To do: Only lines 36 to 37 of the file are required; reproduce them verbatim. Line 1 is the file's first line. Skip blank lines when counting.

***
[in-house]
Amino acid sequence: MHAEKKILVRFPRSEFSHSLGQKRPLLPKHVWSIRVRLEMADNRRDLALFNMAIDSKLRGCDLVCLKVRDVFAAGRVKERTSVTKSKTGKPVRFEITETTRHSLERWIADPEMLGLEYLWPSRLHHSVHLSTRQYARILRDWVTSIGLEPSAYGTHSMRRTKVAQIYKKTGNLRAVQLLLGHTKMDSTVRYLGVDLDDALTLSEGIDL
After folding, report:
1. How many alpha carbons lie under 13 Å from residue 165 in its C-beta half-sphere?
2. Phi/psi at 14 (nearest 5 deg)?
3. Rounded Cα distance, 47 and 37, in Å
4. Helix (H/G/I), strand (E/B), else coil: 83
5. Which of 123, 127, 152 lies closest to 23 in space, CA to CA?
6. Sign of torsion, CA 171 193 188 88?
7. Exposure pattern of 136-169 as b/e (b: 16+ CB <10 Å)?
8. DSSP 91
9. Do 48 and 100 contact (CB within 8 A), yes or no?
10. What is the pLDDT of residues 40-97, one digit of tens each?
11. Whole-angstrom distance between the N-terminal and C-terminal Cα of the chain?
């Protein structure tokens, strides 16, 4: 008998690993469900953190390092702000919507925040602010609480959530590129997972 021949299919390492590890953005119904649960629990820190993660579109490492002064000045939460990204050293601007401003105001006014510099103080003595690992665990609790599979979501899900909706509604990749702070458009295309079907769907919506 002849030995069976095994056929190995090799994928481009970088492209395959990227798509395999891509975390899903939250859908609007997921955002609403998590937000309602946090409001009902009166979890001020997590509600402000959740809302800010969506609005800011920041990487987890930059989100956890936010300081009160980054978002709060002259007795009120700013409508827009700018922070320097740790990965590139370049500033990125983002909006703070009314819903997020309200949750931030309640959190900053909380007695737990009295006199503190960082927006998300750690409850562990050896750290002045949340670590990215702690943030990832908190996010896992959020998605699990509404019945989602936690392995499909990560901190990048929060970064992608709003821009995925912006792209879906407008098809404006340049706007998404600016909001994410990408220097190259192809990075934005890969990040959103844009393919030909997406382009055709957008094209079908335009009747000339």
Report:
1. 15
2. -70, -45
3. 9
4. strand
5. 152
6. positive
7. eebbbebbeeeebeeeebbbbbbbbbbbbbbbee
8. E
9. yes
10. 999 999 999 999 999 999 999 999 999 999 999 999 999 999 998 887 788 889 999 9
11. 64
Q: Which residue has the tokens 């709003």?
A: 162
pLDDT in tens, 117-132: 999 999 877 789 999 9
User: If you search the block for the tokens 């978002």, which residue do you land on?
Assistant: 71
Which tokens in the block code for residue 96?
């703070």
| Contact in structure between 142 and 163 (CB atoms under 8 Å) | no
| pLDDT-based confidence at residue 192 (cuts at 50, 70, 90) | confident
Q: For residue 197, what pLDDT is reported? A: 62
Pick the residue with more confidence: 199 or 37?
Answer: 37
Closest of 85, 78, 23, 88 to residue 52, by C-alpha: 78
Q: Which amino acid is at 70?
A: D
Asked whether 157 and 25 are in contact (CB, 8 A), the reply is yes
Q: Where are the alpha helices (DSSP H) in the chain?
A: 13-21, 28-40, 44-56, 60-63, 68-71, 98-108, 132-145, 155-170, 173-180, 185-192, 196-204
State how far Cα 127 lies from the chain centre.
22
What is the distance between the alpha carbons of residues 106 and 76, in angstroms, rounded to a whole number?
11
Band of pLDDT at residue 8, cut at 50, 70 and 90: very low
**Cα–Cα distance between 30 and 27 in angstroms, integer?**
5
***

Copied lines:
| pLDDT-based confidence at residue 192 (cuts at 50, 70, 90) | confident
Q: For residue 197, what pLDDT is reported? A: 62